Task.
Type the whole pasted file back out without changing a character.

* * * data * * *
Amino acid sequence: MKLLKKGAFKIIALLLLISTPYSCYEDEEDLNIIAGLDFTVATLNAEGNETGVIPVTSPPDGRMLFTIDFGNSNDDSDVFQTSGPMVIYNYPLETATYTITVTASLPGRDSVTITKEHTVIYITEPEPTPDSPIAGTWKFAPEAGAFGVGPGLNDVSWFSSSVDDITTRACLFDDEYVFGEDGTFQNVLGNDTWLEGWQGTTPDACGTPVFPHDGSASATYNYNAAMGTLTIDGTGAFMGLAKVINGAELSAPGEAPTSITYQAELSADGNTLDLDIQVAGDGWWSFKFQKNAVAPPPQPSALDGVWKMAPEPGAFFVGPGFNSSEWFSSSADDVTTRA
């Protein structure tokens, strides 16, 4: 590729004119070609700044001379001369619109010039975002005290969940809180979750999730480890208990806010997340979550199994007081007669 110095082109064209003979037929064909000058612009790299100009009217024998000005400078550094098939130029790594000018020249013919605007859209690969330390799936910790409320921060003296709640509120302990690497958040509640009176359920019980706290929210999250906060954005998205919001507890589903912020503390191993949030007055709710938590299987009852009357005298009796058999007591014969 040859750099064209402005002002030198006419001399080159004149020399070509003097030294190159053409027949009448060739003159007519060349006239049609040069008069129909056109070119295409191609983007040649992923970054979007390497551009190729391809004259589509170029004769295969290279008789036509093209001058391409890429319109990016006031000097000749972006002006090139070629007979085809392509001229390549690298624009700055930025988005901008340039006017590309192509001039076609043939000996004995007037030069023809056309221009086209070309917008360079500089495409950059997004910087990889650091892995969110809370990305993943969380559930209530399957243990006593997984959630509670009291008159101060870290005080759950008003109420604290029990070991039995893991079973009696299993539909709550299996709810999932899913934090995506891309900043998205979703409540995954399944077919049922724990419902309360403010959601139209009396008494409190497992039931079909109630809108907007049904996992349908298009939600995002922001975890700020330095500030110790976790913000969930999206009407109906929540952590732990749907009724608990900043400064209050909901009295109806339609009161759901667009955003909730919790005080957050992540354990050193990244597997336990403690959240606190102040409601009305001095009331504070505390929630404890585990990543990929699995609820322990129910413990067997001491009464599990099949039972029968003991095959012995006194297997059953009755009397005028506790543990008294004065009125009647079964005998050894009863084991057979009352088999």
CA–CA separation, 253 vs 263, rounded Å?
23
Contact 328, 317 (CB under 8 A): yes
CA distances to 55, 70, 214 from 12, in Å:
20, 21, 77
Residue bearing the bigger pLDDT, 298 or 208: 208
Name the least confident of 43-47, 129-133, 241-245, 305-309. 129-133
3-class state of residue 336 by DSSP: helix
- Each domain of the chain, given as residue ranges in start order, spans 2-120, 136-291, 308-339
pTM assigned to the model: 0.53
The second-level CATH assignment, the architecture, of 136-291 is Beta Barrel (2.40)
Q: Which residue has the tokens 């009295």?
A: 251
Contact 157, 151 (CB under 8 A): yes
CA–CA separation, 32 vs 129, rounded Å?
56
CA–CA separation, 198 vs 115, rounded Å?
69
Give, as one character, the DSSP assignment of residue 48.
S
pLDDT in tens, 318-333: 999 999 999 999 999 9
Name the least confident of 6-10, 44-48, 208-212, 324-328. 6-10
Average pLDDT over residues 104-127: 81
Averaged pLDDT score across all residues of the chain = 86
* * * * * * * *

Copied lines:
Amino acid sequence: MKLLKKGAFKIIALLLLISTPYSCYEDEEDLNIIAGLDFTVATLNAEGNETGVIPVTSPPDGRMLFTIDFGNSNDDSDVFQTSGPMVIYNYPLETATYTITVTASLPGRDSVTITKEHTVIYITEPEPTPDSPIAGTWKFAPEAGAFGVGPGLNDVSWFSSSVDDITTRACLFDDEYVFGEDGTFQNVLGNDTWLEGWQGTTPDACGTPVFPHDGSASATYNYNAAMGTLTIDGTGAFMGLAKVINGAELSAPGEAPTSITYQAELSADGNTLDLDIQVAGDGWWSFKFQKNAVAPPPQPSALDGVWKMAPEPGAFFVGPGFNSSEWFSSSADDVTTRA
């Protein structure tokens, strides 16, 4: 590729004119070609700044001379001369619109010039975002005290969940809180979750999730480890208990806010997340979550199994007081007669 110095082109064209003979037929064909000058612009790299100009009217024998000005400078550094098939130029790594000018020249013919605007859209690969330390799936910790409320921060003296709640509120302990690497958040509640009176359920019980706290929210999250906060954005998205919001507890589903912020503390191993949030007055709710938590299987009852009357005298009796058999007591014969 040859750099064209402005002002030198006419001399080159004149020399070509003097030294190159053409027949009448060739003159007519060349006239049609040069008069129909056109070119295409191609983007040649992923970054979007390497551009190729391809004259589509170029004769295969290279008789036509093209001058391409890429319109990016006031000097000749972006002006090139070629007979085809392509001229390549690298624009700055930025988005901008340039006017590309192509001039076609043939000996004995007037030069023809056309221009086209070309917008360079500089495409950059997004910087990889650091892995969110809370990305993943969380559930209530399957243990006593997984959630509670009291008159101060870290005080759950008003109420604290029990070991039995893991079973009696299993539909709550299996709810999932899913934090995506891309900043998205979703409540995954399944077919049922724990419902309360403010959601139209009396008494409190497992039931079909109630809108907007049904996992349908298009939600995002922001975890700020330095500030110790976790913000969930999206009407109906929540952590732990749907009724608990900043400064209050909901009295109806339609009161759901667009955003909730919790005080957050992540354990050193990244597997336990403690959240606190102040409601009305001095009331504070505390929630404890585990990543990929699995609820322990129910413990067997001491009464599990099949039972029968003991095959012995006194297997059953009755009397005028506790543990008294004065009125009647079964005998050894009863084991057979009352088999």
CA–CA separation, 253 vs 263, rounded Å?
23
Contact 328, 317 (CB under 8 A): yes
CA distances to 55, 70, 214 from 12, in Å:
20, 21, 77
Residue bearing the bigger pLDDT, 298 or 208: 208
Name the least confident of 43-47, 129-133, 241-245, 305-309. 129-133
3-class state of residue 336 by DSSP: helix
- Each domain of the chain, given as residue ranges in start order, spans 2-120, 136-291, 308-339
pTM assigned to the model: 0.53
The second-level CATH assignment, the architecture, of 136-291 is Beta Barrel (2.40)
Q: Which residue has the tokens 């009295």?
A: 251
Contact 157, 151 (CB under 8 A): yes
CA–CA separation, 32 vs 129, rounded Å?
56
CA–CA separation, 198 vs 115, rounded Å?
69
Give, as one character, the DSSP assignment of residue 48.
S
pLDDT in tens, 318-333: 999 999 999 999 999 9
Name the least confident of 6-10, 44-48, 208-212, 324-328. 6-10
Average pLDDT over residues 104-127: 81
Averaged pLDDT score across all residues of the chain = 86